Camp Hayes event marks important point in history
Imagine Norman Schwarzkopf, Prince Charles, Russell Crowe, Ted Turner and Kevin Costner all converging on your small Nebraska hometown.
That's what it was like back in January 1872, when the Grand Duke Alexei Alexandrovich of Russia celebrated his 22nd birthday by hunting buffalo in southern Lincoln, northern Hayes and parts of Frontier counties.
Meeting him at the train in North Platte were Gen. Philip Sheridan, second in command of the U.S. Army; showman, former scout and Pony Express rider William F. "Buffalo Bill" Cody; Lt. Col. George Armstrong Custer; and Spotted Tail of the Brule, who later led the Sioux after Red Cloud was arrested after Little Bighorn.
It was a memorable event for the Grand Duke, who had been sent to the United States largely to get him away from a wife of which his father did not approve. The duke continued to correspond with Custer until the latter's death at the Little Bighorn, and spoke of the hunt often, until his death in Paris in 1908.
It's appropriate that such an event be immortalized with an annual celebration, and that's what's happening starting today at Camp Hayes, near the actual site of the hunt.
This year's "Grand Duke Alexis Rendezvous" at Camp Hayes promises to be one of the best ever, a fitting memorial to Reggie Vlasin, an active member of the Hayes Center Lions Club who helped found the event six years ago and who passed away recently at 45 after a courageous battle with cancer.
The Grand Duke himself will be there, recreated by Jahnis Abelite of Seattle, Wash., and Ki Shapland of Dighton, Kan., will appear as Buffalo Bill, Steve Alexander of Monroe, Mich., as George Custer and Gen. Phil Sheridan will be portrayed by Wayne Mintling of rural Culbertson.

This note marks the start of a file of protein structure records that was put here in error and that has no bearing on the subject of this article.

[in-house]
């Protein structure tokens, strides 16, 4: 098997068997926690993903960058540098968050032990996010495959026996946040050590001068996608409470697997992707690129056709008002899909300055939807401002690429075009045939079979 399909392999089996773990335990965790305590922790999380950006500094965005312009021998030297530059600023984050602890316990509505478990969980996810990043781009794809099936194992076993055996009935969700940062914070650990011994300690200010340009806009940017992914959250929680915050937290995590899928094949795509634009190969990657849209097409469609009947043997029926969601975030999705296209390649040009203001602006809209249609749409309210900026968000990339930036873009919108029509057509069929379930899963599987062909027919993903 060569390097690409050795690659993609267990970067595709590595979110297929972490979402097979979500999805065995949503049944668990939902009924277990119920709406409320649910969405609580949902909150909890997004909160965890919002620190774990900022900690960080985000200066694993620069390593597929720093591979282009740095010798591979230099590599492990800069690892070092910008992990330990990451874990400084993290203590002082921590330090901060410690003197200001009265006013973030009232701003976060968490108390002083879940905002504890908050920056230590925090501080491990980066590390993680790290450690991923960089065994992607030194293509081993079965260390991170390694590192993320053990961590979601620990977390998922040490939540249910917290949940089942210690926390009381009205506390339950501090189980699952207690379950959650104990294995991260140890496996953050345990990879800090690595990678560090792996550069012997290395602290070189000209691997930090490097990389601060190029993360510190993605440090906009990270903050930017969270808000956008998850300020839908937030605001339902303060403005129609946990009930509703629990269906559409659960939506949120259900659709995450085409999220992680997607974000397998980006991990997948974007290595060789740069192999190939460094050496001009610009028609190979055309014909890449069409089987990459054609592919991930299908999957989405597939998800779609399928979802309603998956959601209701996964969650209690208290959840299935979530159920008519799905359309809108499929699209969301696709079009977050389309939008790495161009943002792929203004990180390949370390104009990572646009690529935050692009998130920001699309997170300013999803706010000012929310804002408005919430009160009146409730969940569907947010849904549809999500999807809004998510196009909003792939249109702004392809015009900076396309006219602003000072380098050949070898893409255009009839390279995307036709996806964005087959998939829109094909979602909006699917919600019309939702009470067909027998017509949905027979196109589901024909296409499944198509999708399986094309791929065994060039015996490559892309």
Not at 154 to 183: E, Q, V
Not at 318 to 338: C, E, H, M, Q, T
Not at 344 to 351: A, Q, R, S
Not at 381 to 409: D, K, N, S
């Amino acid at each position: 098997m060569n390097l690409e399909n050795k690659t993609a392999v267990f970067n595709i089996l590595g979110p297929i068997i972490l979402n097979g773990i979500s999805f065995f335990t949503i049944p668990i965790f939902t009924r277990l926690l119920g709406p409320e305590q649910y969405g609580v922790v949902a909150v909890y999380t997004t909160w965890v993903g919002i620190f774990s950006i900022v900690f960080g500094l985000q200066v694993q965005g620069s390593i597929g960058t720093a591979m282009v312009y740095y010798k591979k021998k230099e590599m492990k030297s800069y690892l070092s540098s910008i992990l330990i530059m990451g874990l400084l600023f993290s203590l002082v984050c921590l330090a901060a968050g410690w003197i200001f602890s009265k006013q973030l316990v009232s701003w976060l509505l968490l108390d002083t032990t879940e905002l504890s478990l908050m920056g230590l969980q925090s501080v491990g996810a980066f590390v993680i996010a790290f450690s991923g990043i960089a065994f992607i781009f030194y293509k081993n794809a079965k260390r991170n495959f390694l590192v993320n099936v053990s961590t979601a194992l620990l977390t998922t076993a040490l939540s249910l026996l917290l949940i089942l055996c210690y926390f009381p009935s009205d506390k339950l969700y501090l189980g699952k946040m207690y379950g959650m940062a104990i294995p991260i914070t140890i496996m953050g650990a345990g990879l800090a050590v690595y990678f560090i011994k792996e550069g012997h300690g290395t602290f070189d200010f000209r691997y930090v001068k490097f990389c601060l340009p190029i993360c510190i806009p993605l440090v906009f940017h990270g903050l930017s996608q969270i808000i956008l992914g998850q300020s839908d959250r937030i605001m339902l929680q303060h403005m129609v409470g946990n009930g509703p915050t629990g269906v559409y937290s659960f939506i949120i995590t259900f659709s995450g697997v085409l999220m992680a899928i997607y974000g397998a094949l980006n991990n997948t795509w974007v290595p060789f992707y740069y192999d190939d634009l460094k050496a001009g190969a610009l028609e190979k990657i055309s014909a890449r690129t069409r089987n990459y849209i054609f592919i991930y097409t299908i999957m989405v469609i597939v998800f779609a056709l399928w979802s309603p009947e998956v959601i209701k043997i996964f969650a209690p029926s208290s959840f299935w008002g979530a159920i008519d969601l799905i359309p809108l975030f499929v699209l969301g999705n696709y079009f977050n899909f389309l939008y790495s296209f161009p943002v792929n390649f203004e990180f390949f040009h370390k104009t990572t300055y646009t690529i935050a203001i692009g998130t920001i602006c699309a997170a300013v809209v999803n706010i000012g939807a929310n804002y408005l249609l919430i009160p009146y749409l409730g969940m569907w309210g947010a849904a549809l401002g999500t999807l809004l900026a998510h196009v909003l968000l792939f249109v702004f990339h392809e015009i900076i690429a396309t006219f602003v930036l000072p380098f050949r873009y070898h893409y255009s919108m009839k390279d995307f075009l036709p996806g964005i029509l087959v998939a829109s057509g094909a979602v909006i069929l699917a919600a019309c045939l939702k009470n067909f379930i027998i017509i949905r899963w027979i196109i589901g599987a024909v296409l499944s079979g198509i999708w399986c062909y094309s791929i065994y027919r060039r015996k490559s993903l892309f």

Fortunately for McCook residents, the activities won't conflict with Heritage Days this year, and there will be plenty of activities worth taking in.
That includes presentations by the living historians at 11 a.m., 1 p.m. and 4 p.m. Saturday and 12:30 p.m. Sunday, dancing by Native American singers and dancers from the Lakota Tribe at 5:30 p.m. Saturday, a ladies tea party and children's games at 2 p.m. Saturday and evening entertainment from 7 to 9 p.m. Saturday.
Black powder shoots, 'hawk and knife-throwing contests, trail rides, tours to a commemorative monument marking the actual site of the hunt, and craft demonstrations also go on all day. Sunday's schedule starts at 8 a.m. and includes a church service at 11 a.m. and a performance by a gospel quartet at 1:30 p.m.
The Grand Duke Alexis visit was a big deal back in 1872, and celebrating the event today is a great way to honor our area's heritage.